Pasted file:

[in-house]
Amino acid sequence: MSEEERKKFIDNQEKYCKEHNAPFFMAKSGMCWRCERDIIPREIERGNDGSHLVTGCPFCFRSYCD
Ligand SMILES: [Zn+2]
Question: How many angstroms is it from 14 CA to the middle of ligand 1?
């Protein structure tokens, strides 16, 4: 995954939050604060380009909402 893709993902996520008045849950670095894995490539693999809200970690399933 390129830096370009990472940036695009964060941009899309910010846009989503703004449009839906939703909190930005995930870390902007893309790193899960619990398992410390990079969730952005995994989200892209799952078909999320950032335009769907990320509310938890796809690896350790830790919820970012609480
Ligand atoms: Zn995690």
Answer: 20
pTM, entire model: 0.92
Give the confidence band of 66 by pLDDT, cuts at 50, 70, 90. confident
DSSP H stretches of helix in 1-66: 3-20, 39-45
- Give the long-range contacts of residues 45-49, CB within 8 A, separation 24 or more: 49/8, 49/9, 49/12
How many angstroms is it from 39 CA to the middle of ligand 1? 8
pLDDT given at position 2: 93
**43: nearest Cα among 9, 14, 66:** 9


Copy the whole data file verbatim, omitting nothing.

[in-house]
Amino acid sequence: MSEEERKKFIDNQEKYCKEHNAPFFMAKSGMCWRCERDIIPREIERGNDGSHLVTGCPFCFRSYCD
Ligand SMILES: [Zn+2]
Question: How many angstroms is it from 14 CA to the middle of ligand 1?
């Protein structure tokens, strides 16, 4: 995954939050604060380009909402 893709993902996520008045849950670095894995490539693999809200970690399933 390129830096370009990472940036695009964060941009899309910010846009989503703004449009839906939703909190930005995930870390902007893309790193899960619990398992410390990079969730952005995994989200892209799952078909999320950032335009769907990320509310938890796809690896350790830790919820970012609480
Ligand atoms: Zn995690």
Answer: 20
pTM, entire model: 0.92
Give the confidence band of 66 by pLDDT, cuts at 50, 70, 90. confident
DSSP H stretches of helix in 1-66: 3-20, 39-45
- Give the long-range contacts of residues 45-49, CB within 8 A, separation 24 or more: 49/8, 49/9, 49/12
How many angstroms is it from 39 CA to the middle of ligand 1? 8
pLDDT given at position 2: 93
**43: nearest Cα among 9, 14, 66:** 9